Have you ever seen a little kid hide their face, thinking that if they do that, no one will see them? Not facing up to issues is a big like that. Not only do they keep on coming, but the longer you hide from issues, the bigger they get. And eventually, just like with the little kid, they’re eventually so close that you have no choice but to deal with them…but on their terms, not yours.
So what can you do? It depends on the issue. Is it a potential issue, or a risk? Something that could go wrong? Then the best course of action is to investigate. You need to determine whether the issue or outcome you’re worried about is real. That takes research, or seeking feedback, or plain old listening. Once you’ve established that what you’re worried about could happen, it’s time to do a risk assessment. That entails two parts:
- Evaluating the degree of risk, or probability
- Deciding how much tolerance you have for taking the risk, knowing the degree of probability that it will happen
Once you’ve done that, you’ll be able to make a more informed plan of action, rather than just waiting and hoping.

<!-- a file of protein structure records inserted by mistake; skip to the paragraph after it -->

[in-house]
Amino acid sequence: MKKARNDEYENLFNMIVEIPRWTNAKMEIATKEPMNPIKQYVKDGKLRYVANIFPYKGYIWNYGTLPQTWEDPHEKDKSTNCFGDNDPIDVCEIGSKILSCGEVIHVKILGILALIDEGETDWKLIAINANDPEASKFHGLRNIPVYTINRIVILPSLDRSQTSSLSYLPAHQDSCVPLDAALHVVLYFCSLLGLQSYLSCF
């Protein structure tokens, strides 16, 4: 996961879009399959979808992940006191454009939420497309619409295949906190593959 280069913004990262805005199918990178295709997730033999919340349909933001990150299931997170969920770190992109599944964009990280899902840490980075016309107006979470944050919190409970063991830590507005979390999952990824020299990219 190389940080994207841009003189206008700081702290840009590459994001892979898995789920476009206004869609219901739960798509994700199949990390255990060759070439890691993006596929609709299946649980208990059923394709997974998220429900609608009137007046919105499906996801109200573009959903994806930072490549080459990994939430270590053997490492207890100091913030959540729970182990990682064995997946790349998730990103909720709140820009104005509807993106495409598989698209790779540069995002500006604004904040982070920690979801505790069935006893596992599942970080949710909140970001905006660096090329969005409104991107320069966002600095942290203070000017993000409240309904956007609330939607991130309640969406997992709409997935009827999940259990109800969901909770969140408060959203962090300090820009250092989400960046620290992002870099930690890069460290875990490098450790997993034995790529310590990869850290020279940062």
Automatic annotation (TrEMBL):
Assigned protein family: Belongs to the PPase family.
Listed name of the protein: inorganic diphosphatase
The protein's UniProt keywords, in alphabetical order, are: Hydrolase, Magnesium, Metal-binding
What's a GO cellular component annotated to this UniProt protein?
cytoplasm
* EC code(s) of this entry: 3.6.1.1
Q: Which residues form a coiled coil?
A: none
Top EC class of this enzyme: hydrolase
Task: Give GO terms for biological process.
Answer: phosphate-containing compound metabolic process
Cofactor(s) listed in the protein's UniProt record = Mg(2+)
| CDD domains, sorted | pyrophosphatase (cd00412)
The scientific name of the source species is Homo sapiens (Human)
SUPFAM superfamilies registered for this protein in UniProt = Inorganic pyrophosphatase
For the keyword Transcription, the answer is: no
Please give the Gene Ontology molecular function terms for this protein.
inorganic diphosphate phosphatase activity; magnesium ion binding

On the other hand, there are issues that you’ve already created for yourself. The odds, or probability, of an issue directly caused by your actions (a customer service error, or a major faux pas with your audience or stakeholders) being harmful to your business, are 100%. At that point, you need to fix it. The classic apology strategy goes like this:
- Express regret. Say you’re sorry. Say it publicly.
- Explain what you did wrong so the person/people wronged know you understand.
- Acknowledge your responsibility to fix it.
- State very clearly that you will commit to not doing it again.
- Make an offer of reparation – don’t just fix it, but take the penalty.
- Ask for their forgiveness.
And then, most importantly of all, don’t demand that their forgiveness is given on your timeline. And don’t hide, hoping it will all blow over. It won’t. No matter how much you hide, the injury will never go away, but by taking an active part, you can help it to heal. That means getting back to business, doing your work, and continuing to keep the commitments you’ve made as part of your apology – no matter how much it stings your ego to do so.
I’m Megann Willson, and I’m one of the Partners here at PANOPTIKA. We help our clients see everything in their business environment, so they can make better decisions and forge stronger relationships with their customers, clients, and constituents. You can also find us on Twitter, Facebook, or LinkedIn. Or you can receive weekly news by signing up with the orange button, below.